On August 13, 1918, British biochemist Frederick Sanger was born. In 1958, he was awarded a Nobel Prize in chemistry “for his work on the structure of proteins, especially that of insulin“. In 1980, Walter Gilbert and Sanger shared half of the chemistry prize “for their contributions concerning the determination of base sequences in nucleic acids“.
“Scientific research is one of the most exciting and rewarding of occupations. It is like a voyage of discovery into unknown lands, seeking not for new territory but for new knowledge. It should appeal to those with a good sense of adventure. ”
Frederick Sanger, From Nobel Banquet Speech (10 Dec 1980).
Frederick Sanger was in Rendcomb, a small village in Gloucestershire, England, the second son of Frederick Sanger, a general practitioner, and his wife, Cicely Sanger. His father had worked as an Anglican medical missionary in China but returned to England because of ill health. The reasonably wealthy family moved to the small village of Tanworth-in-Arden in Warwickshire, where the children were taught by a a governess. In 1927, Sanger was sent to the Downs School and at age 14 to the Bryanston School in Dorset, where he worked his last year of school experimenting in the laboratory alongside his chemistry master, Geoffrey Ordish, who had originally studied at Cambridge University and been a researcher in the Cavendish Laboratory.
In 1936 Sanger went to St John’s College, Cambridge to study natural sciences with courses on physics, chemistry, biochemistry and mathematics.He was an average student and found physics too difficult; therefore, he took up physiology and enrolled in a brand new course called “biochemistry,” where he excelled and obtained a 1st Class Honours in December 1940. Under the Military Training Act 1939 he was provisionally registered as a conscientious objector, and again under the National Service (Armed Forces) Act 1939, before being granted unconditional exemption from military service by a tribunal. In the meantime he undertook training in social relief work at the Quaker centre, Spicelands, Devon and served briefly as a hospital orderly.
Sanger began studying for a PhD in 1940 under Norman Pirie, where his task was the investigation whether edible protein could be obtained from grass. After little more than a month Pirie left the department and Albert Neuberger became his adviser. Sanger changed his research project to study the metabolism of lysine and a more practical problem concerning the nitrogen of potatoes. In 1943, he was awarded his PhD with a thesis on “The metabolism of the amino acid lysine in the animal body“. From 1944 to 1951 he held a Beit Memorial Fellowship for Medical Research and since 1951 he has been a member of the External Staff of the Medical Research Council.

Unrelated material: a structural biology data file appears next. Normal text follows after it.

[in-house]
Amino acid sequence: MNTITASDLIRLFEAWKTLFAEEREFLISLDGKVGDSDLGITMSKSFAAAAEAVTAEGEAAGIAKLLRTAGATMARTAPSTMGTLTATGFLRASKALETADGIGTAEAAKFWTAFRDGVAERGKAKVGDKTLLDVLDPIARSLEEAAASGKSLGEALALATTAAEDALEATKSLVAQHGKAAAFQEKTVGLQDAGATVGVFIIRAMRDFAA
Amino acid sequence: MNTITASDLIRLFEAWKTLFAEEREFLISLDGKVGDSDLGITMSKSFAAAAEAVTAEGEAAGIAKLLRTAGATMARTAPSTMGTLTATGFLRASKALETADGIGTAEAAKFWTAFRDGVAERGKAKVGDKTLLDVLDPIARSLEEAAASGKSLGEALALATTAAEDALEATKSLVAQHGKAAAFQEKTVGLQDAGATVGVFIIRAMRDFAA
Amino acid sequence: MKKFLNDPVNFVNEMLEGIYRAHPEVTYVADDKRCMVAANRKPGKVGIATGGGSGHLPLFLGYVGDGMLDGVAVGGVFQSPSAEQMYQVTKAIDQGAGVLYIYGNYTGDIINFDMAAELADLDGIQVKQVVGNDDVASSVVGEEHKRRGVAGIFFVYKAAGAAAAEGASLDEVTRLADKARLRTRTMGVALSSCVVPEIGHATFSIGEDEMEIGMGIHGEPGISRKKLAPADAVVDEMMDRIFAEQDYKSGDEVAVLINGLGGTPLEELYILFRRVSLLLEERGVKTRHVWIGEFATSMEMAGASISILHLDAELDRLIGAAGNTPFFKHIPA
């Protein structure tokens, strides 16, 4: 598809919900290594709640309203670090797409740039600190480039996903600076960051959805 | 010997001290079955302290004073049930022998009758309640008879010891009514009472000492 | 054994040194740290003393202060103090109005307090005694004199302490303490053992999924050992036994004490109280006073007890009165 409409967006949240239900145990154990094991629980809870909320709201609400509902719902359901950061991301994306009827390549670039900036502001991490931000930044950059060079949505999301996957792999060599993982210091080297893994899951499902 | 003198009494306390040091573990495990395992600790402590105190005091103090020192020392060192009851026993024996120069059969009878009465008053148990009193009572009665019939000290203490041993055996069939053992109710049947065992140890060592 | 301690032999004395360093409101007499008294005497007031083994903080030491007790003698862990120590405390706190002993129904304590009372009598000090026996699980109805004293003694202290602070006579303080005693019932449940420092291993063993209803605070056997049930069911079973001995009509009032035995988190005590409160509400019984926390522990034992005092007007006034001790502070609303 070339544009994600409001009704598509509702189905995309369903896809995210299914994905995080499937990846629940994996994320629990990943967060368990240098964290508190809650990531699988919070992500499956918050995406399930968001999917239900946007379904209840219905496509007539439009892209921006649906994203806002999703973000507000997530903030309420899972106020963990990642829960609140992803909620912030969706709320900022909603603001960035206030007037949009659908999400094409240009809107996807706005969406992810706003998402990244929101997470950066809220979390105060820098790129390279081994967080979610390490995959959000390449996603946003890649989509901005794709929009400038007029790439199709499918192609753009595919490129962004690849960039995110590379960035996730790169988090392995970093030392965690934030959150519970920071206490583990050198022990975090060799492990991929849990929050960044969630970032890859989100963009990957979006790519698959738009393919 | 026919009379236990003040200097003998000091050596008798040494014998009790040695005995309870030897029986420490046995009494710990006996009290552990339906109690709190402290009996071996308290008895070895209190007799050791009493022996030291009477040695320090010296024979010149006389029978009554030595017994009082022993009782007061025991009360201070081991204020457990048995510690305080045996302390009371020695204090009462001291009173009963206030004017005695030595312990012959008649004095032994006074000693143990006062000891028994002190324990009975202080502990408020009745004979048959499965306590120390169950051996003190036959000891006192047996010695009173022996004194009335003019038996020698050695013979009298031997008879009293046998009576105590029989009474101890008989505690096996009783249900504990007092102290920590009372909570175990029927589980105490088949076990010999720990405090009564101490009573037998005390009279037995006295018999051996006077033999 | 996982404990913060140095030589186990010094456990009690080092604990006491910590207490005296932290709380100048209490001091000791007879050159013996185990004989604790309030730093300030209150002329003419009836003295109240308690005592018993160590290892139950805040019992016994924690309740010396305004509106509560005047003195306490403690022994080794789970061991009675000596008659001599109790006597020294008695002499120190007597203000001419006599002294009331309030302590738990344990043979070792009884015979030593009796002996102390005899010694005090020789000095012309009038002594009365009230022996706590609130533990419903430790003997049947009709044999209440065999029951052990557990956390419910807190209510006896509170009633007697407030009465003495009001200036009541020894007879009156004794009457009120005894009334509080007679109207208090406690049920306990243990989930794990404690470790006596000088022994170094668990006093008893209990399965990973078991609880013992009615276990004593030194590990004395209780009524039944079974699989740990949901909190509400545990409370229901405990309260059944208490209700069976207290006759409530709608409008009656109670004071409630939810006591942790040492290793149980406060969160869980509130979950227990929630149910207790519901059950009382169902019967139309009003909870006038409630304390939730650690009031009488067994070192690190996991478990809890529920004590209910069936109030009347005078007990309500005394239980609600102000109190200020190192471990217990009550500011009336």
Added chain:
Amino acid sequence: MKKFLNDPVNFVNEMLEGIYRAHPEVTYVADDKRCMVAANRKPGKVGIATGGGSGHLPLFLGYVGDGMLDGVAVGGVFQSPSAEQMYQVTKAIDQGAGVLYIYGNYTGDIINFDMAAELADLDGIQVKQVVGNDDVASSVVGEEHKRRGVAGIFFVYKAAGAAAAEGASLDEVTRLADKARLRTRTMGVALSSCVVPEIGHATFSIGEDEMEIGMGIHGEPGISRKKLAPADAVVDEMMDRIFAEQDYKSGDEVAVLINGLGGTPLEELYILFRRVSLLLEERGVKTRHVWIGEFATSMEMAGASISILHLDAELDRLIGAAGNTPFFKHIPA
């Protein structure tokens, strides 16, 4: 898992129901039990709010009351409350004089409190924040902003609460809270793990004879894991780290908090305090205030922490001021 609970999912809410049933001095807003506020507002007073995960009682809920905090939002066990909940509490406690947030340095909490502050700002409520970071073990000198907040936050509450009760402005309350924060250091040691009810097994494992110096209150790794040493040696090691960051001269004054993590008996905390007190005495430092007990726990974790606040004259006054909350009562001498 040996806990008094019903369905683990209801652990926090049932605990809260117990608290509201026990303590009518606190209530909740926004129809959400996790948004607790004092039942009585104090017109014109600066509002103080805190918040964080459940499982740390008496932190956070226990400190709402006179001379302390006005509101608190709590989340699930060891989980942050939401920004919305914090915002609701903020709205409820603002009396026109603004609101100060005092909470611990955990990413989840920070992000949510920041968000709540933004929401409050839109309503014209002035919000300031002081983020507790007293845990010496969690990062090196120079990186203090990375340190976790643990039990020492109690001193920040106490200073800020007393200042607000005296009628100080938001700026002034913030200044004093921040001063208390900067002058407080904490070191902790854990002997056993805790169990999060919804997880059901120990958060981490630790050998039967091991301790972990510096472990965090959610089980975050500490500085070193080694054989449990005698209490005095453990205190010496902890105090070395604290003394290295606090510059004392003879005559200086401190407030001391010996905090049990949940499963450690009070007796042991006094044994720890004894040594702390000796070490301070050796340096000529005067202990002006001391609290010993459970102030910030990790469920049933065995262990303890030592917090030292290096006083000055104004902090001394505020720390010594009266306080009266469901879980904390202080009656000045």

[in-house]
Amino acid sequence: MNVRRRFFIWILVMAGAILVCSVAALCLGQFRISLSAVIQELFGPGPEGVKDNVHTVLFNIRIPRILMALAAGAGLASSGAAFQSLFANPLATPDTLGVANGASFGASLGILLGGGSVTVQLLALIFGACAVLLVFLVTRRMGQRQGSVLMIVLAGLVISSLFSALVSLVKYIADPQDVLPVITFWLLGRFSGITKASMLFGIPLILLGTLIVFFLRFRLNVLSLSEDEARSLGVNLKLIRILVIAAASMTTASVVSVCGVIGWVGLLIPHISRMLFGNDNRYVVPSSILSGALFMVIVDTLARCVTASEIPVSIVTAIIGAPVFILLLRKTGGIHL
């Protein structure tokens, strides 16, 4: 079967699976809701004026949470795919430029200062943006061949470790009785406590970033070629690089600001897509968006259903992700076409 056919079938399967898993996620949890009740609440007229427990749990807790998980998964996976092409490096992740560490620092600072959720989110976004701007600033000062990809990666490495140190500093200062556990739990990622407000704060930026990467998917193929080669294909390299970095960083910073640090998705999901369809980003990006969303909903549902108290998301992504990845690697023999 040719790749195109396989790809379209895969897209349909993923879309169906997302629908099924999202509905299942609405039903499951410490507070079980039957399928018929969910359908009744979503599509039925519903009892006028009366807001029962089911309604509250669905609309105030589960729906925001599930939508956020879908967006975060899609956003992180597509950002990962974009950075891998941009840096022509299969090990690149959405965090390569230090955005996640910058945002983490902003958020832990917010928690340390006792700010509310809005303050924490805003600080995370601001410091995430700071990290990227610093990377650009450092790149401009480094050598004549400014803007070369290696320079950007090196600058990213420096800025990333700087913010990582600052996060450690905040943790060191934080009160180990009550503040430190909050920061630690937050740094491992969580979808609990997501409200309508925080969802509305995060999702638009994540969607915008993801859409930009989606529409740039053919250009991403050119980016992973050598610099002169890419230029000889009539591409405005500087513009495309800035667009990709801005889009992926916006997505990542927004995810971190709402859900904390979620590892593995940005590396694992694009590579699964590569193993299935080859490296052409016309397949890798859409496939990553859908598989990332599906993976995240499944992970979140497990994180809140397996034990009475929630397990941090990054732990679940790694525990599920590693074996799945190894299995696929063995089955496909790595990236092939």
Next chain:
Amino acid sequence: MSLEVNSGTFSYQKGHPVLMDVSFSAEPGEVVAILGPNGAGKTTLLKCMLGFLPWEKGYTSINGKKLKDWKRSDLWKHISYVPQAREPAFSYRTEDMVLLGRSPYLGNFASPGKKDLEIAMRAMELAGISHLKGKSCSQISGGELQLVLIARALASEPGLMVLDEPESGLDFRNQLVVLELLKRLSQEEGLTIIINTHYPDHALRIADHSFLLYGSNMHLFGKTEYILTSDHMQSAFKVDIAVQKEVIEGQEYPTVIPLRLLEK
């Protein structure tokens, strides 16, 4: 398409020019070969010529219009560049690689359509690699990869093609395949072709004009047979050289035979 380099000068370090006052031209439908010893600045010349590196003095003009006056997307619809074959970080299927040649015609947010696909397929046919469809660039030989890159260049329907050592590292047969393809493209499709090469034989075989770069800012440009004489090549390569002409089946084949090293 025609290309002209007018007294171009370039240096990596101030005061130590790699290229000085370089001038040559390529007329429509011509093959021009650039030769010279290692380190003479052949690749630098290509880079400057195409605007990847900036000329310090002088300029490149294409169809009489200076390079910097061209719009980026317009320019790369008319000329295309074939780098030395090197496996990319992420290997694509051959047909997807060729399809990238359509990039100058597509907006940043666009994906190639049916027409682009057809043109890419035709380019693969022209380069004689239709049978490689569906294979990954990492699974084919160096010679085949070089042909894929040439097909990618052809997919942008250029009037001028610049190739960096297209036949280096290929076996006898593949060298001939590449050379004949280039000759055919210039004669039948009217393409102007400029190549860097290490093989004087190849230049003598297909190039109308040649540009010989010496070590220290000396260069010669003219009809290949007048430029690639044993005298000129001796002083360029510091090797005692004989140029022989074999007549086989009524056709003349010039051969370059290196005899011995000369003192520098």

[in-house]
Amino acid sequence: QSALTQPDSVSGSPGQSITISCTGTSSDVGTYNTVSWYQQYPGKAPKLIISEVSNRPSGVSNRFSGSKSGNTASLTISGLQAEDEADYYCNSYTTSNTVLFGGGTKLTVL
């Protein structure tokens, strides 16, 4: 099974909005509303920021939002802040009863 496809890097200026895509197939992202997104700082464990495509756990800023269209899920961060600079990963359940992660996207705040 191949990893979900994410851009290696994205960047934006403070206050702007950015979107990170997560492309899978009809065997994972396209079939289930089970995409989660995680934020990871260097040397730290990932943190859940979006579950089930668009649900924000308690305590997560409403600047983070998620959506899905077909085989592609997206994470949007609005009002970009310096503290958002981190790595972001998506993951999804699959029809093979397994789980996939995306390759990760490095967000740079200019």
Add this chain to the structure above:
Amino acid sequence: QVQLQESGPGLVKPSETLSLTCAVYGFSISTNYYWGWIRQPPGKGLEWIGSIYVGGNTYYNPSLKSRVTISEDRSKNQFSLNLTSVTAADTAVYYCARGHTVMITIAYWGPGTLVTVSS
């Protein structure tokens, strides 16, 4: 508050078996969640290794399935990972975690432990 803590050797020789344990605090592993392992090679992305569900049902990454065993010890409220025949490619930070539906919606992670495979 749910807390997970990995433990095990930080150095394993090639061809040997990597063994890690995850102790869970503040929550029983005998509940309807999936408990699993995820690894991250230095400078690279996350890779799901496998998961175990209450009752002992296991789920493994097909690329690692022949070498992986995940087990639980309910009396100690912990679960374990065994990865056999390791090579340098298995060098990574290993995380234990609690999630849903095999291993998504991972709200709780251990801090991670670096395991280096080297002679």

In 1943, Sander joined the group of protein chemist Charles Chibnall, who had already worked on the amino acid composition of bovine insulin. Chibnall suggested that Sanger look at the amino groups in the protein. Sanger’s first triumph was to determine the complete amino acid sequence of the two polypeptide chains of bovine insulin, A and B, in 1952 and 1951, respectively. When Chibnall first tried to get Sanger a grant from the Medical Research Council to work on protein structure, the grant was refused because it was believed that the pattern of amino acids in a protein was simply random. Sanger came up with a technique using a special marking agent, now known as Sanger’s reagent, for breaking the long chains of amino acids in protein molecules into short fragments. He worked out their constitution and gradually pieced together the structure of the whole molecule. Overall, it took Sanger 10 years of carefully identifying small fragments of the insulin molecule and working out their composition to arrive at its structure. By 1953 he not only had the exact sequence of amino acids for insulin, but had also shown the precise but quite small differences that existed between the insulin of different mammalian species. In determining these sequences, Sanger proved that proteins have a defined chemical composition. It was this achievement that earned him his first Nobel prize in Chemistry in 1958. This discovery was crucial for the later sequence hypothesis of Francis Crick for developing ideas of how DNA codes for proteins.